I came across the Nikki Hunter series when one of the books was offered for free, I believe it was the fourth one, Murder A La Carte. It didn’t take me long to read it, and I was hooked. I grabbed the rest of the books (there are nine in all so far), ignored everything else (my apologies to my editor), and devoured the entire series in one weekend. They are WONDERFUL! They will keep you on the edge of your seat from beginning to end. When one particular story twist came, I gasped out loud, which I am pretty sure is what you all do when I throw in one of those twists at you in the Lizzie series.
I reached out to the author, Nancy Skopin, who rarely gives interviews, but graciously agreed to answer a few questions for us. Ms. Skopin is a delightful, wonderful lady. Her Nikki Hunter series is the kind of series I would love to write, and she has been very encouraging and supportive, telling me to go for it and not let anyone stop me from doing what I want to do. She has no idea how much I need to hear that right now, and I want to say thank you to her. Your kind words mean a lot, and I promise to take them to heart and do my best to follow your advice. 🙂
1. How did I come up with the idea for the Nikki Hunter series? I actually worked for a PI who specialized in bar and restaurant employee surveillance. They say you should write what you know. So I started from there. I also lived aboard a yacht for many years, and I’ve based the marina where Nikki lives on the one in Redwood City where I lived aboard.
2. What was it like working for a PI, pros and cons? I found the work exciting. The pros included many hours listening to the cranky old PI I worked for talk about his favorite cases. Of course no names were mentioned, but it gave me a wealth of information from which to draw for Nikki’s adventures. I won’t mention the cons, because I don’t like to speak ill of the dead. 🙂
3. What are the pros and cons of living on the water? The marina community is much as I describe it in my books. It’s a REAL community. The people who choose to live aboard support each other, really know each other, and, of course, share the love of boating. Once, early on, when I had very little experience with sea-going vessels, I went out on the San Francisco Bay and my engine quit. The boat was new to me, and I couldn’t get the radio to work either. Two of my neighbors had seen me go out, and when I hadn’t returned by dusk, they came out looking for me. These people barely knew me, but they went out of their way to save me, towing my boat safely back to shore. I’ll never forget that.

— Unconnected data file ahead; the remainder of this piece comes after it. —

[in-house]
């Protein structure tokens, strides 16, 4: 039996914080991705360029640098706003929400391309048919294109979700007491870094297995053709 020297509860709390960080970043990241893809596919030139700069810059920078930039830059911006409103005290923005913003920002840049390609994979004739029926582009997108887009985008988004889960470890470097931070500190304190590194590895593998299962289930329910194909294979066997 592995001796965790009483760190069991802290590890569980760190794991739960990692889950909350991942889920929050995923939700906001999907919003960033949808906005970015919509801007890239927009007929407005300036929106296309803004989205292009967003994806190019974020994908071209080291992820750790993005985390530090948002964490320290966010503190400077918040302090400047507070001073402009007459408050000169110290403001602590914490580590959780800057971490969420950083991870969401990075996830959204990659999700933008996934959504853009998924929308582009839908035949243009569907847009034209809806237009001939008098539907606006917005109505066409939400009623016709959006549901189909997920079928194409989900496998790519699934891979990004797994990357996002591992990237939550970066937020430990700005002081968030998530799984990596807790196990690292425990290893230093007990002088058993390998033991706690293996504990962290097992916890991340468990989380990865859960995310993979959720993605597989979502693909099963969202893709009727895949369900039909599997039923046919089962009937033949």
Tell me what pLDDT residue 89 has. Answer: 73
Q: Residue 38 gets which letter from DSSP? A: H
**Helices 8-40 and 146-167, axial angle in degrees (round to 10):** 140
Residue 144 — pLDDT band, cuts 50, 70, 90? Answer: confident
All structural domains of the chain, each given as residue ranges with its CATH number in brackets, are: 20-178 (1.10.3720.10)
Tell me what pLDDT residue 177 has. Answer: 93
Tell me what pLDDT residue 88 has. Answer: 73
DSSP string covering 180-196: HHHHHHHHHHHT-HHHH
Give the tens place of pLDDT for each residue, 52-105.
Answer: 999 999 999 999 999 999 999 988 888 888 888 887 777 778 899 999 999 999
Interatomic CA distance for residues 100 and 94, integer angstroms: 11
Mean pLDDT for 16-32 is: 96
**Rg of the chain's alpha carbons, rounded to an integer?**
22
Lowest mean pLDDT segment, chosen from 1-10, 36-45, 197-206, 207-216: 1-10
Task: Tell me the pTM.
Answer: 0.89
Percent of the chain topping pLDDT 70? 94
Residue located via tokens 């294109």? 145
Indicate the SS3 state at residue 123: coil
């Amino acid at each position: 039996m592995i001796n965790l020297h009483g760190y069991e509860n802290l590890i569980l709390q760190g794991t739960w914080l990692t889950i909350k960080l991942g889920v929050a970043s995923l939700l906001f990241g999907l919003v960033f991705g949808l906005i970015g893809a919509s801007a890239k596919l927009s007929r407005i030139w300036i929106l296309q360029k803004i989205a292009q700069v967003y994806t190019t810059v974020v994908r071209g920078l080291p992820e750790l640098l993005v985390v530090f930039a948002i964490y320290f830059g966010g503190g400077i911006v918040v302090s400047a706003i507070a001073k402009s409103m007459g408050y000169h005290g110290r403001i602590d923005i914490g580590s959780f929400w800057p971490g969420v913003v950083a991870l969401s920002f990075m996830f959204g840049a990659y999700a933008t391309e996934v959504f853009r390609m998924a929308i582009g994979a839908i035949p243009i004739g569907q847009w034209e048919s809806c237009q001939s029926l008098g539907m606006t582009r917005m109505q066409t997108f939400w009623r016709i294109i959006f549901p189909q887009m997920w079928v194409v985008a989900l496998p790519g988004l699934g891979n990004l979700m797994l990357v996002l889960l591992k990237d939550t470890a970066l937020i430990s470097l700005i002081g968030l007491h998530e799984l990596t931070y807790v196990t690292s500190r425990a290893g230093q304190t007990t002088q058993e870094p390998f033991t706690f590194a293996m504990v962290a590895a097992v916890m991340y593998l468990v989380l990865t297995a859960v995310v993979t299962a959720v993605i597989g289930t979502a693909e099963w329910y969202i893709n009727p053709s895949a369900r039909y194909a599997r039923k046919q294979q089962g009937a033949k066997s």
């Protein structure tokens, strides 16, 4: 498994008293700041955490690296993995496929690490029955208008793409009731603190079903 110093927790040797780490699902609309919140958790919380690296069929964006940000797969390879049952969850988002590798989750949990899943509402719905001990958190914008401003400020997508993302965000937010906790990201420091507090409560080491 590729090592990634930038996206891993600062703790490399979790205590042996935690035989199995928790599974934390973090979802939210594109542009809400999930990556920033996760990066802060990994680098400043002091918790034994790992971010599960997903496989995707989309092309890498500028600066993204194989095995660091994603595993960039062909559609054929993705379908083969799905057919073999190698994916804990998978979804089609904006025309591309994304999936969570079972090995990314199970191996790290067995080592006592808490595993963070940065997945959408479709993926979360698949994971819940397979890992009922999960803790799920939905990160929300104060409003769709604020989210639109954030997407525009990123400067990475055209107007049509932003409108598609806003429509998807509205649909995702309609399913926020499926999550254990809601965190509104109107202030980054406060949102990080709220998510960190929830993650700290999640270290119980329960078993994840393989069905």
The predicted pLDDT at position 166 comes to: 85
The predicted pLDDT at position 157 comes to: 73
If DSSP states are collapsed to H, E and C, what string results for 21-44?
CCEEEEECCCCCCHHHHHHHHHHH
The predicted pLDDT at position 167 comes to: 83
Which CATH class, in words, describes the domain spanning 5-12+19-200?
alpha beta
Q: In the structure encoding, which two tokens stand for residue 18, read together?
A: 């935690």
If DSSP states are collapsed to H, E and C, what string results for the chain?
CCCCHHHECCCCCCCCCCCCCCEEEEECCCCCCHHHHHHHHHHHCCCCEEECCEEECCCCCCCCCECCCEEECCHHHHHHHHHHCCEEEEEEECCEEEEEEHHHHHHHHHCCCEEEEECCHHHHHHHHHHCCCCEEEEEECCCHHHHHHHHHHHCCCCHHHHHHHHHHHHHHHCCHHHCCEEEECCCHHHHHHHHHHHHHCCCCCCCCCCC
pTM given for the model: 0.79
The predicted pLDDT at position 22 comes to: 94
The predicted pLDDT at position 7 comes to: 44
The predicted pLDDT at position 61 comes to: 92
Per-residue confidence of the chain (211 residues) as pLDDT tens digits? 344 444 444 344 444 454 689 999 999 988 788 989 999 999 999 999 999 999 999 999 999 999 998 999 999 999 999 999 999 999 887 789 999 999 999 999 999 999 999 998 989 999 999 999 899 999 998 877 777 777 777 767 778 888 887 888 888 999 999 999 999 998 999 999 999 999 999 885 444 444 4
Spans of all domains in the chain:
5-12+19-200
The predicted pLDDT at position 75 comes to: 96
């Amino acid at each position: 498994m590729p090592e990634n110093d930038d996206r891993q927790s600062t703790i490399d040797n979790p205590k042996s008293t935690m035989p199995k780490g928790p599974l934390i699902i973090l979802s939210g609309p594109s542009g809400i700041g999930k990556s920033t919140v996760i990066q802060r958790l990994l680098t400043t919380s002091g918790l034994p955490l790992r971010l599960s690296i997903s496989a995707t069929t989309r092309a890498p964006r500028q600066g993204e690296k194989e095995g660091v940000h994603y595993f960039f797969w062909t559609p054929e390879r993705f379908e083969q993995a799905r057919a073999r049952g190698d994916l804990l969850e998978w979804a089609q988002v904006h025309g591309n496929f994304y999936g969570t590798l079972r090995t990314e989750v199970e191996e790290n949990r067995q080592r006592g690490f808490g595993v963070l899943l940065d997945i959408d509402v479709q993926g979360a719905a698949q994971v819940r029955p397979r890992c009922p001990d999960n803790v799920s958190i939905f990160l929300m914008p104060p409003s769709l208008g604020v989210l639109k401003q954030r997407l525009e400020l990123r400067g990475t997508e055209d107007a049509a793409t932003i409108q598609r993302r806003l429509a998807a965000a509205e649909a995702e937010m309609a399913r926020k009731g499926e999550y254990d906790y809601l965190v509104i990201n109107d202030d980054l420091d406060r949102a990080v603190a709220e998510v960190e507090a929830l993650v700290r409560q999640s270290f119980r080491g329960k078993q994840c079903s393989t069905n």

4. Did I envision Nina going in the direction she has gone when I started writing her character? Nina was born out of my understanding of the prevalence of child abuse in our, and other, cultures. It’s an atrocity, and I wanted to make a statement about that. This is why the Nina character, while flawed, turns out to be a hero. I can’t say I envisioned her teaming up with Nikki. That relationship grew very organically. My love of the Nina character requires that she remain in the series.
5. Do you like the fact that Nina doesn’t just cross the line, she blows it up? I’m proud that Nina makes her own rules. There’s no other way for her to function.
6. Would Nikki ever cross the line the way Nina does? I think Nikki would absolutely cross the line into vigilantism under the right circumstances. If I told you what the right circumstances might be, you wouldn’t be surprised when that plot twist occurred, but it might have something to do with animal welfare. 😉
7. Do I have a favorite character? My favorite characters include: Nikki, Elizabeth, Jack ‘the cat’, Nina of course, Buddy the dog, Lily, Michael, and Bill. I guess that’s the core group, isn’t it? But I love them all!
8. What’s next for Nikki? I really can’t say. Sometimes my books come to me in my dreams as full blown stories and all I have to do is type them up. Sometimes I just get a clue. Book 2 developed out of the name of a cat in the marina where I lived aboard. He was a stray, and one of my neighbors started feeding him. She called him McGuire, but I’d named him Jack, so we settled on Jack the cat McGuire. That entire book grew out of the cat’s name. I thought, “What a great name for a cat burglar.”
9. How hard was it to write about child sexual predators? Doing the research on the sexual abuse of children was horrifying for me. Just spending an hour online looking at the Megan’s Law website sent me running to the shower. The statistics are mind-shattering. It’s not something that should be ignored, but many families choose to look the other way. It’s not an easy issue to face. I guess Nina’s trigger regarding the abuse of innocents is one of my triggers as well.
10. My favorite author? Oh, man. I’ll be honest. A.W. Hartoin absolutely knocks my socks off. Her Mercy Watts series is the best thing I’ve ever read. (A note from me: I’m reading this series as well, per Nancy’s recommendation, and I agree: the Mercy Watts series is fantastic!)
11. Did I imagine the series being this successful? I didn’t think about it. I write because I need to write. I love language and writing is like breathing for me. The success of the series sometimes surprises me. I’m not great at marketing, though I try. I blame my readers for the current level of success. So, thank you!
12. Did anyone inspire me to start writing? I did read all of the Hardy Boys and Nancy Drew mysteries as a child. I also spent a lot of time living in my own imagination when I was young. I think that’s where the creative spark originated.
Come back on Thursday for a review of Nancy’s first book, Murder on the Menu!
Nancy Skopin’s website: https://nicolihunter.com/